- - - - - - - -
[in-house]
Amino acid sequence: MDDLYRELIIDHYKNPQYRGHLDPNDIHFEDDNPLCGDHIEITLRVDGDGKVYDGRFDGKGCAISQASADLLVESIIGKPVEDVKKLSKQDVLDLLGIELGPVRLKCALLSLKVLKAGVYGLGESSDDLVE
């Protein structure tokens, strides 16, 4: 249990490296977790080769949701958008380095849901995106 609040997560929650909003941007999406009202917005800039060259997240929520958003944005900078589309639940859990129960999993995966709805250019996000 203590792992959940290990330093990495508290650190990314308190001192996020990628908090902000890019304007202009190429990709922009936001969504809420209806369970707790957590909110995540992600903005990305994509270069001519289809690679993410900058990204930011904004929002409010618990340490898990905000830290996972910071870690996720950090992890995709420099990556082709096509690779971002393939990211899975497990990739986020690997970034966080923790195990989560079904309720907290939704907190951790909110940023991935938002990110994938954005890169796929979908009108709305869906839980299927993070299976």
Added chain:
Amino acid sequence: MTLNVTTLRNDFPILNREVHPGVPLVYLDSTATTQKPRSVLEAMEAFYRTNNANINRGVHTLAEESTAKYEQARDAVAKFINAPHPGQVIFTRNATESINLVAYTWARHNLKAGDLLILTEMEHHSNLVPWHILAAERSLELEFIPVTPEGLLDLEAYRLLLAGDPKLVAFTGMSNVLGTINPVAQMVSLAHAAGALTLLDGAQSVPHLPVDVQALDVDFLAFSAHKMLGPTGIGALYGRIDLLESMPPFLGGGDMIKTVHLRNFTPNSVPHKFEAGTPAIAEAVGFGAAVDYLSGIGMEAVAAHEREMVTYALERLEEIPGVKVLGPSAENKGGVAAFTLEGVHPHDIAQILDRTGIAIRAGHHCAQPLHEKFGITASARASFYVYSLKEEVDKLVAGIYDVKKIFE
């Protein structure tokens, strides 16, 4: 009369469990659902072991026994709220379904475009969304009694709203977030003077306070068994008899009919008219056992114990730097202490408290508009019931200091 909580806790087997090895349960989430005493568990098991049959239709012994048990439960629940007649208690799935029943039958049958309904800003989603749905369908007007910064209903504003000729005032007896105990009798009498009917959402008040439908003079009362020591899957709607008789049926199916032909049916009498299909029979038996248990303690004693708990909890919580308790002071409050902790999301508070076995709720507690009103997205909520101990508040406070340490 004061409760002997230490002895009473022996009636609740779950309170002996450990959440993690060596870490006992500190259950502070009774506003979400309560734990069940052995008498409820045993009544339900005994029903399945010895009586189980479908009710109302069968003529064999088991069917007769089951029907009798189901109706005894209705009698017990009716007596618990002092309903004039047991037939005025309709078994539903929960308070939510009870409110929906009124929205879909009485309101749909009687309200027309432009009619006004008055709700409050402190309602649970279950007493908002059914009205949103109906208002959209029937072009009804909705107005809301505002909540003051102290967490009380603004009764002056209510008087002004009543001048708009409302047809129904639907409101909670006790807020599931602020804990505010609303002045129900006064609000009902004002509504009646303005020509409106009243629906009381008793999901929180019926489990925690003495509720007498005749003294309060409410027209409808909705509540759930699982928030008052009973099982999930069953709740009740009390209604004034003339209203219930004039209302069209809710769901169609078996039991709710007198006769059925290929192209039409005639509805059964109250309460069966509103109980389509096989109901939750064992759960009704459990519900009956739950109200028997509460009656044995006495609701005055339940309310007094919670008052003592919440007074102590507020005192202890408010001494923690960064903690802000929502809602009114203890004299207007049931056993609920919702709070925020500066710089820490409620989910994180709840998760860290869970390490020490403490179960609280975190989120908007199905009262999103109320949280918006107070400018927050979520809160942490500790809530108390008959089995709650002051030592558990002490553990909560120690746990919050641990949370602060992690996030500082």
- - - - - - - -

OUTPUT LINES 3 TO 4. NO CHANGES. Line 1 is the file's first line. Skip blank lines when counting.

């Protein structure tokens, strides 16, 4: 249990490296977790080769949701958008380095849901995106 609040997560929650909003941007999406009202917005800039060259997240929520958003944005900078589309639940859990129960999993995966709805250019996000 203590792992959940290990330093990495508290650190990314308190001192996020990628908090902000890019304007202009190429990709922009936001969504809420209806369970707790957590909110995540992600903005990305994509270069001519289809690679993410900058990204930011904004929002409010618990340490898990905000830290996972910071870690996720950090992890995709420099990556082709096509690779971002393939990211899975497990990739986020690997970034966080923790195990989560079904309720907290939704907190951790909110940023991935938002990110994938954005890169796929979908009108709305869906839980299927993070299976």
Added chain: